[Office of the President of the United States, Public domain, via Wikimedia Commons]

‘Bidenomics’ Could End Up Being The Blunder Of The Decade

In 1988, during the Republican National Convention, then Vice President George HW Bush, the GOP nominee for president, declared a fateful line that would haunt him four years later: “Read my lips, no new taxes.” 

As the world experienced change with the fall of the USSR and war broke out in the Middle East, President Bush found it difficult to keep his word. The figures presented by the Bush campaign were predicated on the belief that the robust economic growth of the late 1980s would persist during his tenure as president.

It didn’t and HW went on to be a one-term president, losing to Bill Clinton in 1992 who ran on the notion that “It’s the economy, stupid!”

Fast forward thirty years and it looks like another way to say “Read my lips” is to mumble about “Bidenomics.” The White House was proud of their work on the economy so much that they slapped the president’s name on it, expecting prices to go down, but the opposite has happened. 

The Financial Times reported that “inflation was higher than forecast in September, raising the prospect that the Federal Reserve may raise interest rates following similarly robust recent data on the strength of the jobs market.

The consumer price index rose 3.7 percent year on year, according to the Bureau of Labor Statistics, the same pace as the previous month. Economists had expected a slight decline.”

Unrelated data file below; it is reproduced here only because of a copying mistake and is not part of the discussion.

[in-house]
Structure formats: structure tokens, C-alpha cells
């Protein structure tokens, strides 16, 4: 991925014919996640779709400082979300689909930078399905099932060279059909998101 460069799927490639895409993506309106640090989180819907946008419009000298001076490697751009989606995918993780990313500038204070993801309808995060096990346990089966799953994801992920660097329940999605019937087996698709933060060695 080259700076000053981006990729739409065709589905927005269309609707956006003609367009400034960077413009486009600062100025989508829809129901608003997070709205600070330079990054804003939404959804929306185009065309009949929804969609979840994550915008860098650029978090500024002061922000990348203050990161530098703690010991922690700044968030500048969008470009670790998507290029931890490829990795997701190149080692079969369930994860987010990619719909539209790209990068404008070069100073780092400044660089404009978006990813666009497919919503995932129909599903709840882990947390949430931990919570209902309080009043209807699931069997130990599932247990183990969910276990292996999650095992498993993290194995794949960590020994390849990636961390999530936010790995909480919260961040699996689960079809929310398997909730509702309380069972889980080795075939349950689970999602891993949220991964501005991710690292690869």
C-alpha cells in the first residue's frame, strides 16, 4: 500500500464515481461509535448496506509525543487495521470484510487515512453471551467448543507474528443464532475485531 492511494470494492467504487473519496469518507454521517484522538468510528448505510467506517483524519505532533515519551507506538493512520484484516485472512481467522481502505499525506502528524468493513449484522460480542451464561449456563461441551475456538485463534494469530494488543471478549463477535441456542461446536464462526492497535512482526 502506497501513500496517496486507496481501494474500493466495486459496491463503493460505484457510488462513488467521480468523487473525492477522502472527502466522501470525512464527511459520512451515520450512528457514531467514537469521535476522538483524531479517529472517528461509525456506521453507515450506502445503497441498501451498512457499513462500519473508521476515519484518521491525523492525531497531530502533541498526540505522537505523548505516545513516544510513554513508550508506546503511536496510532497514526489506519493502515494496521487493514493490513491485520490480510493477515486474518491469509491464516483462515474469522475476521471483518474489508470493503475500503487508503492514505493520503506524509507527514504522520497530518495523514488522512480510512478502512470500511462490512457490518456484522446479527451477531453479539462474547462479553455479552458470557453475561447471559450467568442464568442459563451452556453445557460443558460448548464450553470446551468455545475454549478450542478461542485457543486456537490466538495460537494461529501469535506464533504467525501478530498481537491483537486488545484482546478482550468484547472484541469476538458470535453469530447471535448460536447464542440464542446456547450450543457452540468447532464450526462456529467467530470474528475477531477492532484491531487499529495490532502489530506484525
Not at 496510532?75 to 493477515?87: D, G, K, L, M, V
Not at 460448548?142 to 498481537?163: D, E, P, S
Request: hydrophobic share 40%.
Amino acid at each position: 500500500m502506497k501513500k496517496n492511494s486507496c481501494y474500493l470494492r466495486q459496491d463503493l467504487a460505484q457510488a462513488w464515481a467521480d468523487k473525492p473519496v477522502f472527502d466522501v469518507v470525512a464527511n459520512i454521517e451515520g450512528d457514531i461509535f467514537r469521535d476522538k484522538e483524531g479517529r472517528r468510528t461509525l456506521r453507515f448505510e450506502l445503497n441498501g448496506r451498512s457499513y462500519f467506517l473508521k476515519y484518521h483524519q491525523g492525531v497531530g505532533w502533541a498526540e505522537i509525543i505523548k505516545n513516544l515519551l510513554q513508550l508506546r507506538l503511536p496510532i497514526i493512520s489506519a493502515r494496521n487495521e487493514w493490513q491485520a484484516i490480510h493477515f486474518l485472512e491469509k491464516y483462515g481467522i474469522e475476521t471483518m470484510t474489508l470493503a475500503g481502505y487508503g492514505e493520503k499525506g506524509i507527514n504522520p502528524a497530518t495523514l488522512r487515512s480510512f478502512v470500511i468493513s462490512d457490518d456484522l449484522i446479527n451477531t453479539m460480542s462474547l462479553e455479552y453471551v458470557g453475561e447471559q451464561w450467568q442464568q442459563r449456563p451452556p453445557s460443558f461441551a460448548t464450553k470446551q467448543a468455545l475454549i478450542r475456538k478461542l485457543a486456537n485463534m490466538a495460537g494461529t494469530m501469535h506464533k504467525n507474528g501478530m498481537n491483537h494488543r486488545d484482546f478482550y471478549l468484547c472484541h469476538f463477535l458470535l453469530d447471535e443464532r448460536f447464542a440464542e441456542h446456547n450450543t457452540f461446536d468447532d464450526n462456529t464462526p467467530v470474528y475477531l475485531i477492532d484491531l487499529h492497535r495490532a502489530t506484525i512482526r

Persistent inflation and Biden’s embrace of it has made some Democrats desperate for a change in direction. 

Several top Biden allies have privately raised concerns about the phrase to the White House, according to two people familiar with the backchanneling, according to Politico.

And Rep. Steven Horsford, who chairs the Congressional Black Caucus, said in an interview this week that he’s warned the White House that the Bidenomics brand is built on shaky ground. He believes it advances a message that wrongly centers the conversation on the president and his electoral ambitions rather than the voters who stand to gain from the administration’s economic accomplishments.

“With all due respect to the president, to the White House, this is not so much about them as it is the people who are benefiting by the policies that they came out and demanded,” said Horsford (D-Nev.). “We have to do a better job framing this not so much for one person — for the office of the presidency — but for the people.”

Their worries are underscored by a slew of polling showing that the economic recovery the White House has sought to spotlight as a triumph is not making a dent in the public’s psyche. Most Americans are still skeptical the U.S. is in an upturn, let alone one resilient enough to last much longer. The rising cost of living remains a dominant theme in voters’ minds, crowding out major gains in jobs and wages. And so far, the Bidenomics drumbeat that began earlier this summer has yet to prove it can change their minds.